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From the MEd Classroom: Teacher Shows Students Love for Reading

By Mary Clanahan November 16, 2011

In order to motivate, stimulate and challenge students, a teacher must be able to respond to unanticipated sources of input and adjust classroom lessons to meet student needs at any point. One way teachers can encourage students to stay motivated and challenged is by providing them with choice and independence in classroom activities, projects and assignments.

MEd program eases anxiety

In week five of my Master of Education course, EDCI 544: Teaching Environmental Education, I found the Google Earth Project to be very exciting. It allowed me to extend the knowledge that I had learned in the online classroom at Concordia University-Portland and share it in another in a collaborative manner. It also allowed me the opportunity to get out of my classroom and comfort zone, and challenged me to be creative again.

This is my 25th year teaching, but lately I have felt very overwhelmed. As I entered this new school year, I was faced with a number of new changes and requirements to the classroom, but the past two weeks in my MEd program have eased that anxiety.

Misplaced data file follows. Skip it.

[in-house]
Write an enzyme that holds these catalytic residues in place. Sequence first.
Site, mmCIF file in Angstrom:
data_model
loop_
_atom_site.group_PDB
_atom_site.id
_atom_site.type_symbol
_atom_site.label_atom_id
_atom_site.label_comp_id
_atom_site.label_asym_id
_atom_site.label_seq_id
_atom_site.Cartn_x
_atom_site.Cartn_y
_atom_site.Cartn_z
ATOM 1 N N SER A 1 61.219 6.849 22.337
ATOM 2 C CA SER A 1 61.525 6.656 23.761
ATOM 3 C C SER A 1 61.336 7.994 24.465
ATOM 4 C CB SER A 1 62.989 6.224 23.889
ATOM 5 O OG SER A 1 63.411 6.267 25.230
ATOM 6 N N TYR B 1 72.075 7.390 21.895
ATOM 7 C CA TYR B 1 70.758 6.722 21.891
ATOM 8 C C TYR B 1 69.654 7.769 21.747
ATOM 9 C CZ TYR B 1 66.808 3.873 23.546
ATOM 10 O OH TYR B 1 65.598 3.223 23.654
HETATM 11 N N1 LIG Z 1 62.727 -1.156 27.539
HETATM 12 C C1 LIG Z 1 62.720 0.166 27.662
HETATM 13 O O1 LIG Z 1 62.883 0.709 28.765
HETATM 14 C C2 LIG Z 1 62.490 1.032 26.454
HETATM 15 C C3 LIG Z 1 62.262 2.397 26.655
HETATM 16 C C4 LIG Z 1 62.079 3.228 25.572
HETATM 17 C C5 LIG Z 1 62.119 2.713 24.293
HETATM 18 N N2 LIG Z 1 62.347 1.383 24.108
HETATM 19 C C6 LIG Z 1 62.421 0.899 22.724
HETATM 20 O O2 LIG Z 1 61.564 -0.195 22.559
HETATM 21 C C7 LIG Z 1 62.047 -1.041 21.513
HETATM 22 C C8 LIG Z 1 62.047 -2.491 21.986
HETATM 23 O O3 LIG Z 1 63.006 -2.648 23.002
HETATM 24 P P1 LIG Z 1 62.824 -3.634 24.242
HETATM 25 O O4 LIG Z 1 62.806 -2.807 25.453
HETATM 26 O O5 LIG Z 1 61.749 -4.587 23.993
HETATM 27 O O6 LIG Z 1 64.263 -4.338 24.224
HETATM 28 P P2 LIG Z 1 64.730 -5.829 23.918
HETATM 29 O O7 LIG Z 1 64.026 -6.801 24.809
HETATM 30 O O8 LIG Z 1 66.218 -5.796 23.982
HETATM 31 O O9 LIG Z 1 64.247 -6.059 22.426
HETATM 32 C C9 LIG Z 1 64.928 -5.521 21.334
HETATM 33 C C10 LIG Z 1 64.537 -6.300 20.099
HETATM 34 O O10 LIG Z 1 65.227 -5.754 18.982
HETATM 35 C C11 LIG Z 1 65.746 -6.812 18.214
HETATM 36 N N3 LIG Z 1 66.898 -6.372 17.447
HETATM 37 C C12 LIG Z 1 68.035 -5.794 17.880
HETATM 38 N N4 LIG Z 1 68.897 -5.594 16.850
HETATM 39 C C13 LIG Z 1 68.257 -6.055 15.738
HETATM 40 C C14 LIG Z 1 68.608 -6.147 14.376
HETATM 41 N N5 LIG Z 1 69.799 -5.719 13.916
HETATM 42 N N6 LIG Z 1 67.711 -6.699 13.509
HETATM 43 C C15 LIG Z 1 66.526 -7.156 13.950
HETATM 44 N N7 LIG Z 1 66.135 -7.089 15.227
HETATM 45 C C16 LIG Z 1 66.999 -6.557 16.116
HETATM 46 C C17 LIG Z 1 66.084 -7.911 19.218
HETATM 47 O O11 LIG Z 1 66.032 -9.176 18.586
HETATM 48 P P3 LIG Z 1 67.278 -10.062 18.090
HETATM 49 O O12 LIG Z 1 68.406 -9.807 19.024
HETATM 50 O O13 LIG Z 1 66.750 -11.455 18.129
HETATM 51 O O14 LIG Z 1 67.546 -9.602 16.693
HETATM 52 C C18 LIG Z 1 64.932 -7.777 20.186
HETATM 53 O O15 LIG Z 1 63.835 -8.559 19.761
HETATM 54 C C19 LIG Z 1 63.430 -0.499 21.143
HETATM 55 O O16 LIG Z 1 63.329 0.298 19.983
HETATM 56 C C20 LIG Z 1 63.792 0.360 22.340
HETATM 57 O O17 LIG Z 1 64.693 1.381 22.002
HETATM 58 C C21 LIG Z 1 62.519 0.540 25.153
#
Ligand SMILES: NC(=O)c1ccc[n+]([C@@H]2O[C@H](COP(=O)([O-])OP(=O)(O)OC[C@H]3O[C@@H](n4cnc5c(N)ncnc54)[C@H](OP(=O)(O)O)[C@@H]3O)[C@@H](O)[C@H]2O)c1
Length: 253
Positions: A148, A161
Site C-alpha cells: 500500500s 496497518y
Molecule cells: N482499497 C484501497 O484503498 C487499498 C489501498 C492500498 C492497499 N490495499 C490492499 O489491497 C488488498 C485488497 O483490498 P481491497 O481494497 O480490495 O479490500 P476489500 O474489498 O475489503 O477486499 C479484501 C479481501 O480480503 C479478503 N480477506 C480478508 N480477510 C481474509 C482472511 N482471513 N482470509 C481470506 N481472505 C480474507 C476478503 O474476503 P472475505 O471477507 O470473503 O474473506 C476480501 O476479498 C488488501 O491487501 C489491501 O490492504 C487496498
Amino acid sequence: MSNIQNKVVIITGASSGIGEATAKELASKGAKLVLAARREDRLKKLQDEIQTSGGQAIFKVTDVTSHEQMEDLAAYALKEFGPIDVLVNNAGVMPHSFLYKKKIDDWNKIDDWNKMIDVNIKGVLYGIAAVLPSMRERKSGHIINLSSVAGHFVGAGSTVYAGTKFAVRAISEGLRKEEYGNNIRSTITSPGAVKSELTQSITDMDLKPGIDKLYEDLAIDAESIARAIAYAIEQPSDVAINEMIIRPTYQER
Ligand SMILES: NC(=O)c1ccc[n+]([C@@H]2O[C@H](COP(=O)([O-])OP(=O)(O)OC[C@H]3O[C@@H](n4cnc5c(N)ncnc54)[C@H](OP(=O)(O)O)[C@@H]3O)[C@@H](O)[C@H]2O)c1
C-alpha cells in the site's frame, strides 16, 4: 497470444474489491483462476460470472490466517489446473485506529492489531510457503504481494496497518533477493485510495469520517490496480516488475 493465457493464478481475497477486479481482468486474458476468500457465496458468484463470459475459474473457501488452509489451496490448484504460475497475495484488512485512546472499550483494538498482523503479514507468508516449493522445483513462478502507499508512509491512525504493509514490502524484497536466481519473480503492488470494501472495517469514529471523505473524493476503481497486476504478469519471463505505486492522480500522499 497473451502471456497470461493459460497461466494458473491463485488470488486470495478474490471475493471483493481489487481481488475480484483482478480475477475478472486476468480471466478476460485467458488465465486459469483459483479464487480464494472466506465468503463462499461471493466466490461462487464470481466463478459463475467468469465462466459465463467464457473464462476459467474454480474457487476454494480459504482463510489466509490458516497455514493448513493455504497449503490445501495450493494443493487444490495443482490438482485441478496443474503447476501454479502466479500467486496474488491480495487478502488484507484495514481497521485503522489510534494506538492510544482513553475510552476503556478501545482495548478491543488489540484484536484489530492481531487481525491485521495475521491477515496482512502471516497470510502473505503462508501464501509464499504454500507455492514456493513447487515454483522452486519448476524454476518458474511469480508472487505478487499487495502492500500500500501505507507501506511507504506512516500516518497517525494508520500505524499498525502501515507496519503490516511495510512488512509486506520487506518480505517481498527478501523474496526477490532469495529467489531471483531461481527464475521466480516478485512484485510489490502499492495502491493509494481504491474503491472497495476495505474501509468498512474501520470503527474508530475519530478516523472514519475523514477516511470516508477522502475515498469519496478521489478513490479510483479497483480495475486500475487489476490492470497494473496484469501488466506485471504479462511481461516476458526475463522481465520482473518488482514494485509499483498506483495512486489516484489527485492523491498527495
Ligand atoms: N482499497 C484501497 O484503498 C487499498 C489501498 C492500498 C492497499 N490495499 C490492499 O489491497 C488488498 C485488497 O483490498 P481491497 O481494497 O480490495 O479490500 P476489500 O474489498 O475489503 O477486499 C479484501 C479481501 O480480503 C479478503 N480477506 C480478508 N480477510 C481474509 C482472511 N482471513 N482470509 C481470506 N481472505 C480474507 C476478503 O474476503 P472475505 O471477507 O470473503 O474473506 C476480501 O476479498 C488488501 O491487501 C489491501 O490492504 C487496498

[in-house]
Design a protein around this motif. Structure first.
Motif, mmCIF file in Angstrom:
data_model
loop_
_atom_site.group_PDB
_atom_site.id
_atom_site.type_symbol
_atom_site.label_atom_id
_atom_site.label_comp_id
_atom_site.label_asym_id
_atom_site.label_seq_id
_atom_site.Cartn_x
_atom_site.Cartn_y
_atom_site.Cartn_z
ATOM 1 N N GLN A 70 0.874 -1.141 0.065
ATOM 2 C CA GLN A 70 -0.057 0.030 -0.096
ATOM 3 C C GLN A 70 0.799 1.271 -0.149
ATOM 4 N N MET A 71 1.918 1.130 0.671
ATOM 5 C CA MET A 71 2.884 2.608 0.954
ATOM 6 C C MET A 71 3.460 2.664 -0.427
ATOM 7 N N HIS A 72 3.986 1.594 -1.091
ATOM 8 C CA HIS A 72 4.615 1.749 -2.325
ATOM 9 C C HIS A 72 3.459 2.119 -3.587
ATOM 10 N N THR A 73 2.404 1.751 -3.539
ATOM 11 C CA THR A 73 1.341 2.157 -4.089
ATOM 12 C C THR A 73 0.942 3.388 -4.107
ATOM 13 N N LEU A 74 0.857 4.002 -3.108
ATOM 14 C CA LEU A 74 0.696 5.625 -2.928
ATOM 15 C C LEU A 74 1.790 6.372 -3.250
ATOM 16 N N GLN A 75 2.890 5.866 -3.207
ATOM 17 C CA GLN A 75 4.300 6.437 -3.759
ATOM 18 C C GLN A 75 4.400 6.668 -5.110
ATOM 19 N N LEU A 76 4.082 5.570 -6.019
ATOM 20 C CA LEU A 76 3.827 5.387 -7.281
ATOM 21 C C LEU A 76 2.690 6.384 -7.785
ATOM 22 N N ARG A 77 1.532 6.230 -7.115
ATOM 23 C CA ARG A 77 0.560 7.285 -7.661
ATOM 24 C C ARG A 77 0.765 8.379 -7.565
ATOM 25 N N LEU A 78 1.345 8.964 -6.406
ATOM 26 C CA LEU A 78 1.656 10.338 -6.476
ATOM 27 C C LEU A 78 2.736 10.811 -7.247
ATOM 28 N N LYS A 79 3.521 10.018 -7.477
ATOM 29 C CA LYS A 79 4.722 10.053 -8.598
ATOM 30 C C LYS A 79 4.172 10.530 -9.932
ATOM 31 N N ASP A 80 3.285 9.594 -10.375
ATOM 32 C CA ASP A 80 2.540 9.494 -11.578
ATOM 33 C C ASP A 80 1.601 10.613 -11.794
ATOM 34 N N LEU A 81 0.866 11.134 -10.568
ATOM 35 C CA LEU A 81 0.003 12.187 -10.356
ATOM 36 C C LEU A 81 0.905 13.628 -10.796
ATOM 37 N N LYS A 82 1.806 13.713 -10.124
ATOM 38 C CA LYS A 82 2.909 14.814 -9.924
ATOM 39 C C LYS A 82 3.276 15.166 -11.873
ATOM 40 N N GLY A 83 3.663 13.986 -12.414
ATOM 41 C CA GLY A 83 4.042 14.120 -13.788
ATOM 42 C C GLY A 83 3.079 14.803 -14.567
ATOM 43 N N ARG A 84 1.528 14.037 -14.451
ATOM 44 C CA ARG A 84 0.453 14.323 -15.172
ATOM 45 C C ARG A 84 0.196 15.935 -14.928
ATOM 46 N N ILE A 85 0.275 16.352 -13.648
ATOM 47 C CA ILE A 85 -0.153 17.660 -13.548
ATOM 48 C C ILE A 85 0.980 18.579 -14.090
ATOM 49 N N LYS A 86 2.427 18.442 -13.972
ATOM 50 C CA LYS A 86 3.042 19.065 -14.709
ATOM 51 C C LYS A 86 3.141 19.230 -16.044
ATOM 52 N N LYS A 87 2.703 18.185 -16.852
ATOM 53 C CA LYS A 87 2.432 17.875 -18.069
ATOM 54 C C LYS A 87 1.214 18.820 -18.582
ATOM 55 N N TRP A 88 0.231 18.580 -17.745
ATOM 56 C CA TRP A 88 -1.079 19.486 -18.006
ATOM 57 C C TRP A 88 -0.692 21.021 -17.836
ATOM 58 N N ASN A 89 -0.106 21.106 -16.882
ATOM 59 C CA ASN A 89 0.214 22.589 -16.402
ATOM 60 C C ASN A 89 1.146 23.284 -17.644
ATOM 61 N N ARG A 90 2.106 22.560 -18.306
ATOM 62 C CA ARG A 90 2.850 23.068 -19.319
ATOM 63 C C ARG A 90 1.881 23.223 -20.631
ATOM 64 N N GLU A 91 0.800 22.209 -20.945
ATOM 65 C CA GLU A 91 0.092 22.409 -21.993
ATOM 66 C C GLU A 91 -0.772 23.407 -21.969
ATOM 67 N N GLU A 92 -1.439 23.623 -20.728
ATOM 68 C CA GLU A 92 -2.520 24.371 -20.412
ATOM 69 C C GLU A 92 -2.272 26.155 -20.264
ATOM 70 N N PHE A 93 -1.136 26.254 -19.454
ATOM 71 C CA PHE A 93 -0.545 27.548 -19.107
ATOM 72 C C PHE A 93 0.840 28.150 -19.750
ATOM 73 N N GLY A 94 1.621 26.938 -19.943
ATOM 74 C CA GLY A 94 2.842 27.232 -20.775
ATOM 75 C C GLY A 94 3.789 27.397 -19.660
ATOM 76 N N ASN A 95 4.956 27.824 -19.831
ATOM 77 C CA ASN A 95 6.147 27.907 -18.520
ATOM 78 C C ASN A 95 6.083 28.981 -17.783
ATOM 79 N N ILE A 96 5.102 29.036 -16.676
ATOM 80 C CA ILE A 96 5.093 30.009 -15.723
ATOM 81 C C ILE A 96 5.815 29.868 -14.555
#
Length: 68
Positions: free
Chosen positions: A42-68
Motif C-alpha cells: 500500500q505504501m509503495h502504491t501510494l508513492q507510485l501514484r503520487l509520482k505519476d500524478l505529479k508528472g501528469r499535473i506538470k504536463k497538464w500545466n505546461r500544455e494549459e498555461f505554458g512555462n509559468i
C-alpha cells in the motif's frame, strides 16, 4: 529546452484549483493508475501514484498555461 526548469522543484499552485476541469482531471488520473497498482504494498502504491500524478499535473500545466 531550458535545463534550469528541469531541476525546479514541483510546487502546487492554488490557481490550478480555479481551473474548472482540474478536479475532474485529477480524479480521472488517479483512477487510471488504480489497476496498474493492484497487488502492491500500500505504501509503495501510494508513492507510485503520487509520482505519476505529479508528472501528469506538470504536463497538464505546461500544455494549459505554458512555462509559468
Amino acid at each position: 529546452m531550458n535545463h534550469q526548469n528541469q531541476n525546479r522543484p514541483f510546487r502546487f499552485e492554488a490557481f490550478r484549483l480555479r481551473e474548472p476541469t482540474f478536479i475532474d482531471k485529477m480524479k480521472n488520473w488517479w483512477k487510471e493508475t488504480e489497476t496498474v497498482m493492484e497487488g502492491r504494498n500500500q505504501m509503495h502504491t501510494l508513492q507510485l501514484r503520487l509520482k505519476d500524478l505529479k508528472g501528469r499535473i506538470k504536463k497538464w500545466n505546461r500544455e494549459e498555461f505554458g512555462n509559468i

Members of my cohort have been extremely supportive and encouraging. I have approached the new administration of my building with many of the ideas from this great MEd class and was excited to be granted permission to experiment in my classroom. The field project I have conducted with my students is a prime example.

Field project in the classroom

I teach students who have attention deficit-hyperactivity disorder and are emotionally disabled. I have found that my students are working harder in regular education classrooms and are avoiding behavioral issues in order to have the quality time with me during resource time to work on the field project.

Their more-than-surprised teachers have been asking what I bribed them with. The students who didn’t enjoy reading before now read near the pond. These students have sparked a change at the school and we now see many more students quietly reading by the water throughout the day.

It is absolutely critical that a teacher be a flexible person who is capable of making quality decisions in the classroom that affect student motivation and learning in a positive way, but above all, open to new ideas themselves.

Mary Clanahan is an online MEd student at Concordia University-Portland.

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